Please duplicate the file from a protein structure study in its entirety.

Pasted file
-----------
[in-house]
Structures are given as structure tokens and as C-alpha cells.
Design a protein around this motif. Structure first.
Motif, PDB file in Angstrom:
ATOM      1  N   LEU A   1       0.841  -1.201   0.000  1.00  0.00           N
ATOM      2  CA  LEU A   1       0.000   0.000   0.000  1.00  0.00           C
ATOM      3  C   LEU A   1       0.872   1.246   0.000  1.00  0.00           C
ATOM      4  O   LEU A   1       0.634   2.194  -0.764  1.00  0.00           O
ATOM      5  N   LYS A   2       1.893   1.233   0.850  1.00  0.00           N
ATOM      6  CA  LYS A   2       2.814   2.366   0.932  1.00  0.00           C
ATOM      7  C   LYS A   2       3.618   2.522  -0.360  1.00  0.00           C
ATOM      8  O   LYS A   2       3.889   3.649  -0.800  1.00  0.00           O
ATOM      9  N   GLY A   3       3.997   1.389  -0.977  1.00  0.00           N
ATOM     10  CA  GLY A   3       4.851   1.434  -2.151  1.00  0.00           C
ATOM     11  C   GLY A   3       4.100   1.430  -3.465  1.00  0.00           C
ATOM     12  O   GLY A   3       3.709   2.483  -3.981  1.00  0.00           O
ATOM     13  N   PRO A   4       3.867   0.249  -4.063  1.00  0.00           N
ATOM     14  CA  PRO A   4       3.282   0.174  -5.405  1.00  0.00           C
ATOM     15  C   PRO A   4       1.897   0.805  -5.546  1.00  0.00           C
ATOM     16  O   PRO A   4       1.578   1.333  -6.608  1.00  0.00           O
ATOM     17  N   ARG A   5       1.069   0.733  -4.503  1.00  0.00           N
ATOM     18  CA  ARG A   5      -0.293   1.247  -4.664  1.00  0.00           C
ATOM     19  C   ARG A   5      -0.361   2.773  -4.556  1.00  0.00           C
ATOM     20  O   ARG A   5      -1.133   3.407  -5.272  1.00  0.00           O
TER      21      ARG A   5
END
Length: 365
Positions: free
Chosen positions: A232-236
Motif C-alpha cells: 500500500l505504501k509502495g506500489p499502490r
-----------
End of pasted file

[in-house]
Structures are given as structure tokens and as C-alpha cells.
Design a protein around this motif. Structure first.
Motif, PDB file in Angstrom:
ATOM      1  N   LEU A   1       0.841  -1.201   0.000  1.00  0.00           N
ATOM      2  CA  LEU A   1       0.000   0.000   0.000  1.00  0.00           C
ATOM      3  C   LEU A   1       0.872   1.246   0.000  1.00  0.00           C
ATOM      4  O   LEU A   1       0.634   2.194  -0.764  1.00  0.00           O
ATOM      5  N   LYS A   2       1.893   1.233   0.850  1.00  0.00           N
ATOM      6  CA  LYS A   2       2.814   2.366   0.932  1.00  0.00           C
ATOM      7  C   LYS A   2       3.618   2.522  -0.360  1.00  0.00           C
ATOM      8  O   LYS A   2       3.889   3.649  -0.800  1.00  0.00           O
ATOM      9  N   GLY A   3       3.997   1.389  -0.977  1.00  0.00           N
ATOM     10  CA  GLY A   3       4.851   1.434  -2.151  1.00  0.00           C
ATOM     11  C   GLY A   3       4.100   1.430  -3.465  1.00  0.00           C
ATOM     12  O   GLY A   3       3.709   2.483  -3.981  1.00  0.00           O
ATOM     13  N   PRO A   4       3.867   0.249  -4.063  1.00  0.00           N
ATOM     14  CA  PRO A   4       3.282   0.174  -5.405  1.00  0.00           C
ATOM     15  C   PRO A   4       1.897   0.805  -5.546  1.00  0.00           C
ATOM     16  O   PRO A   4       1.578   1.333  -6.608  1.00  0.00           O
ATOM     17  N   ARG A   5       1.069   0.733  -4.503  1.00  0.00           N
ATOM     18  CA  ARG A   5      -0.293   1.247  -4.664  1.00  0.00           C
ATOM     19  C   ARG A   5      -0.361   2.773  -4.556  1.00  0.00           C
ATOM     20  O   ARG A   5      -1.133   3.407  -5.272  1.00  0.00           O
TER      21      ARG A   5
END
Length: 365
Positions: free
Chosen positions: A232-236
Motif C-alpha cells: 500500500l505504501k509502495g506500489p499502490r